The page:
Biology Faculty Articles

Title

Twenty-Seven Protein Polymorphisms by Two-Dimensional Electrophoresis of Serum, Erythrocytes, and Fibroblasts in Two Pedigrees

Document Type

Article

Publication Date

9-1985

Publication Title

American Journal of Human Genetics

ISSN

0002-9297

Volume

37

Issue/No.

5

First Page

898

Last Page

911

Abstract

Twenty-seven independent polymorphic loci were detected by two-dimensional electrophoresis (2DE) of serum, erythrocytes, and fibroblasts in two large families and analyzed for linkage to classical genetic markers. We detected seven serum, four erythrocyte, and 17 fibroblast protein loci that exhibited charge variation in these two families and in a sample of unrelated individuals. The genetic basis of protein variants was confirmed by quantitative gene-dosage dependence and by conformance to Mendelian transmission in the two families, except for four rare variants for which transmission analysis was not possible. Linkage analysis demonstrated that each of the variants represent products of independent loci, with the exception of erythrocyte locus (RBC4), which we also detected in fibroblasts (NC27). Two allozyme polymorphisms, glyoxalase-1 (GLO1) and phosphoglucomutase-3 (PGM3) were specifically identified here based on genotypic concordance and molecular mass. Unknown fibroblast protein (NC22) may be linked to apolipoprotein E (lod score = 2.8 at θm = θf = 0), while a serum protein locus (SER1) may be linked to alpha-haptoglobin (lod score = 2.54 at θm = .20, θf = .01). Six of seven polymorphic serum loci were previously located on two-dimensional gels: alpha-1 antitrypsin (PI), Gc-globulin (GC), alpha-2 HS glycoprotein (HSGA), alpha-haptoglobin (HP), and two apolipoproteins (APOE and APOA4). Six of 17 polymorphisms detected in fibroblasts were positionally identical to polymorphic loci seen in lymphocytes. These studies indicate a minimum level of average protein charge heterozygosity of approximately 2.2% for the most predominant human cellular proteins and of 5.6% for the most predominant proteins of serum.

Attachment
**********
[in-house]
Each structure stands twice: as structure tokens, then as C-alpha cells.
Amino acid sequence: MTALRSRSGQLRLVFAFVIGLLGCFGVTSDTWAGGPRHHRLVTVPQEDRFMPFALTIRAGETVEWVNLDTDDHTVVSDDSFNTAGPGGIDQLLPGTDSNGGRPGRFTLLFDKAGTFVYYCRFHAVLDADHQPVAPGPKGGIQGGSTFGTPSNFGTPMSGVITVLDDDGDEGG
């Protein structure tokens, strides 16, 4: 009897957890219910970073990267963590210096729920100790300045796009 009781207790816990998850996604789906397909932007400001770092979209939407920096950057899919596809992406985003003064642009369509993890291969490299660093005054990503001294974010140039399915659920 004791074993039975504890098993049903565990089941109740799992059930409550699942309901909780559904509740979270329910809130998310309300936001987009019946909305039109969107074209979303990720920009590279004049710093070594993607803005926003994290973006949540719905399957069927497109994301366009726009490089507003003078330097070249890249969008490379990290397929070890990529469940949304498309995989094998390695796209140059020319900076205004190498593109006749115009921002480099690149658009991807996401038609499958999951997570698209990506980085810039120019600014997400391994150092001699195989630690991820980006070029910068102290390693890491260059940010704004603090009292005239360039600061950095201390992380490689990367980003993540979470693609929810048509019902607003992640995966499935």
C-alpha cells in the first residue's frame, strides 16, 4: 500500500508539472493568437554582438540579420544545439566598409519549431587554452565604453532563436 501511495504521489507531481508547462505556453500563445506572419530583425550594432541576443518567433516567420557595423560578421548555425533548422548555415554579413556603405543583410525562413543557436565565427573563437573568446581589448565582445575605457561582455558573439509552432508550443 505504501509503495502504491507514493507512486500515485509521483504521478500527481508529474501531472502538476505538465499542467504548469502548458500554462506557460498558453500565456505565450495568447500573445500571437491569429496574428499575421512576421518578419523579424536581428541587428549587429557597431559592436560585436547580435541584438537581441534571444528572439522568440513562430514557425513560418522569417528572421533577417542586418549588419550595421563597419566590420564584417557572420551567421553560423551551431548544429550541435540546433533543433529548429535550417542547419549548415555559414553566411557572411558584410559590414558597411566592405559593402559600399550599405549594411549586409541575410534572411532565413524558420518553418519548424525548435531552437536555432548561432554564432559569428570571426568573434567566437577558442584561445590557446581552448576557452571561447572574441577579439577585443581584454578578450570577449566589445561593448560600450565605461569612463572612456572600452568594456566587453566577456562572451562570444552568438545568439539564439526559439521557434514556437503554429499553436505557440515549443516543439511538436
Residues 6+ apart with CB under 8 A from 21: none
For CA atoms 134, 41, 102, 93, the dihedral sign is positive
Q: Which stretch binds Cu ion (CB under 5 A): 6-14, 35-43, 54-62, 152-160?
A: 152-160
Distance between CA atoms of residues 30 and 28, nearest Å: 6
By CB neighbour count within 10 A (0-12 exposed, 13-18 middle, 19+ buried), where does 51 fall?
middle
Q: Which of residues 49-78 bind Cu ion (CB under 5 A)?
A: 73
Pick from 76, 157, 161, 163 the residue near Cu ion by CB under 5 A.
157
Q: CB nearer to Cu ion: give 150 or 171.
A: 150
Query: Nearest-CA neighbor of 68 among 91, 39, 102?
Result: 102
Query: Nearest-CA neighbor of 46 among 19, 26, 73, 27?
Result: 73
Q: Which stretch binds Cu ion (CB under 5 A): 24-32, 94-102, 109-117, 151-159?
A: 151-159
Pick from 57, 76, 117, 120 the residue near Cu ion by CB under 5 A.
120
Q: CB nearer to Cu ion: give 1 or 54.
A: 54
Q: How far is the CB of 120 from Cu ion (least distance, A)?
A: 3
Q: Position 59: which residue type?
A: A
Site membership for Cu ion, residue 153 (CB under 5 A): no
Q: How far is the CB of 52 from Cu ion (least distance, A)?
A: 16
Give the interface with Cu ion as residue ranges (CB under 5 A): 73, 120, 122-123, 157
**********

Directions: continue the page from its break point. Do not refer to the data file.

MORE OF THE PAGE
Comments

© 1985 by the American Society of Human Genetics

ORCID ID

0000-0001-7353-8301

ResearcherID

N-1726-2015

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